"If you are a born again believer, I believe God is calling each one of us to go and share the good news. To a cowboy from Wyoming, I felt like I was at the end of the earth, even though I wasn't. I got to see things I've never seen before. I got to see what it looks like to have nothing but to still enjoy life at such a simple pace. They do the same things every day, they go down to the lake, wash their dishes, wash their clothes, take a bath, go back and feed their family. It's the same routine every day. Go to market, they try to make things and sell things. They are just trying to survive," Scott said. "We were able to give them what they need to experience salvation, which is by far the most important aspect in life that they need," he added.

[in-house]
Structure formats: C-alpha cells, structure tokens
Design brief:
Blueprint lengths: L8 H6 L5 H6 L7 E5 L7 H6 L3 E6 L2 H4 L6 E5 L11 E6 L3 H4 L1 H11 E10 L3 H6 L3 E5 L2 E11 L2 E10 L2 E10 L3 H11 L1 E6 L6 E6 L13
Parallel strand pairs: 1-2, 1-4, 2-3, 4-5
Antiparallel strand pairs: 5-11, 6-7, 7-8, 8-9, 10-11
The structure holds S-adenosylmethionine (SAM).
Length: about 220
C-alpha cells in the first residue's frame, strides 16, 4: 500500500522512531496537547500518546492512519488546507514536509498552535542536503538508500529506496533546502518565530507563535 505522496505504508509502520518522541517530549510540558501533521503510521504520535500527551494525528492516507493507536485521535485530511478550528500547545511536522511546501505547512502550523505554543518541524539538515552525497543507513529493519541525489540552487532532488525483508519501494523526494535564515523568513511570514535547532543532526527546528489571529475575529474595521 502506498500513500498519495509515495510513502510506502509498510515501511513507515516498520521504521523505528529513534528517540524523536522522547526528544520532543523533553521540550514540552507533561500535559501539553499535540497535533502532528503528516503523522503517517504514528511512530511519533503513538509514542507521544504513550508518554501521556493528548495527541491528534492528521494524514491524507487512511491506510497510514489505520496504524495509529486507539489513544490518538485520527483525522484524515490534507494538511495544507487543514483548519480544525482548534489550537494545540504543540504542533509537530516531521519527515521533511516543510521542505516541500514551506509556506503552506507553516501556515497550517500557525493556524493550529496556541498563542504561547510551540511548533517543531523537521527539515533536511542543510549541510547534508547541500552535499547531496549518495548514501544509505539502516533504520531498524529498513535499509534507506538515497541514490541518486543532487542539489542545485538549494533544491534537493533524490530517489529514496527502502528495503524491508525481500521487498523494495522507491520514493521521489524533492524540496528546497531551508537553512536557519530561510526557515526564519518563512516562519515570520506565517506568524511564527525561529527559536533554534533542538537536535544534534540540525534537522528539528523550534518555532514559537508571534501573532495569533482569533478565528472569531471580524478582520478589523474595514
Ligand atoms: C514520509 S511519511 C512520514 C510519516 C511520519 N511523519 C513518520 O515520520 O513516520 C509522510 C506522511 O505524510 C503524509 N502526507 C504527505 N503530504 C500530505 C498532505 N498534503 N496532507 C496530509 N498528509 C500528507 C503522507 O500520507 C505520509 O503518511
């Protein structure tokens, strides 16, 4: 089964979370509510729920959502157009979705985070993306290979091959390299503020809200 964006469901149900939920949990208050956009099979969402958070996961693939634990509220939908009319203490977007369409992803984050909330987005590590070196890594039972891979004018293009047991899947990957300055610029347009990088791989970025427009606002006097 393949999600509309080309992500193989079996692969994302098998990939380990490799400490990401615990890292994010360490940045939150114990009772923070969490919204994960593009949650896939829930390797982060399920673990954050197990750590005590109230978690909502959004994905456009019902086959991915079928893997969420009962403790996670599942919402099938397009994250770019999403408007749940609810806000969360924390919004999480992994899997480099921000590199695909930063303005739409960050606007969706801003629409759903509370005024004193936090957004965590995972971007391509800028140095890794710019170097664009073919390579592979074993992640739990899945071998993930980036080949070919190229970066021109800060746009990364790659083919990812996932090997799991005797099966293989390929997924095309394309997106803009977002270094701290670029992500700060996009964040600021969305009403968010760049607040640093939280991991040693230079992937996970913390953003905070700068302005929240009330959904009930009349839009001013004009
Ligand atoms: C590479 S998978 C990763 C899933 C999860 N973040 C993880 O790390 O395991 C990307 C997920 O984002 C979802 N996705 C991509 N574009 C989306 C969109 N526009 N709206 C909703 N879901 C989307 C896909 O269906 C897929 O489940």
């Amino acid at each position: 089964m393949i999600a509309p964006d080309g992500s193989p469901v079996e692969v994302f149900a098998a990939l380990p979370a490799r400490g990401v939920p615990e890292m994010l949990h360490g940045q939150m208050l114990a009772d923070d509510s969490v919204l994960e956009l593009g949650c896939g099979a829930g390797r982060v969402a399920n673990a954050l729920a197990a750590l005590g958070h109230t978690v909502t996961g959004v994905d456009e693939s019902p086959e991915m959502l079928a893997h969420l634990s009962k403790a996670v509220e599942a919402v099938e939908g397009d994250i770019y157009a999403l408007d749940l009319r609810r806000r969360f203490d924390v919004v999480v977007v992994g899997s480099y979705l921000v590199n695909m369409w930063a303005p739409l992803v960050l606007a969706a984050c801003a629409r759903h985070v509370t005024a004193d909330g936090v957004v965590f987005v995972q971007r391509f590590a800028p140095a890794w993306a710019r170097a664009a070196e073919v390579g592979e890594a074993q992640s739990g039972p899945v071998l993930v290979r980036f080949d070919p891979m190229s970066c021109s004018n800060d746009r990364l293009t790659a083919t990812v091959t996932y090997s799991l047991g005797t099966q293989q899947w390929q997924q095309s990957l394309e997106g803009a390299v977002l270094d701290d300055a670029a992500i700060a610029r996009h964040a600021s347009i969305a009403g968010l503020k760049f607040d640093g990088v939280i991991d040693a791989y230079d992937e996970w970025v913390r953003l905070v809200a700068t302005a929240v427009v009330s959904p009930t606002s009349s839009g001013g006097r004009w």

Knowing that the people were poor, Scott brought a lot of things to give away to the people. He stated that his suitcase contained 51.5 pounds of stuff and, when he left to return home he only had the clothes on his back. He even gave away his cowboy hat to his interpreter.

"Someone asked me why I gave all my stuff away and I said, "You know, I don't care who you are, if you live in America, you can go and replace anything and everything you brought over there, stuff wise and they don't have anything. It was a lot of fun to be able to give a lot of stuff away. We gave away a lot of hats, we gave away crosses, we gave away jewelry, reading material, clothes. A lot of them don't have very good stuff, a lot of ratty, holey kind of stuff. To be able to give someone stuff like that, they feel like you're giving them a million dollars and you it's just like I will go buy another pair of pants when I get home, you take this," Scott explained. "If I could have come back with less, I would have but they would kick you off the airlines," he added.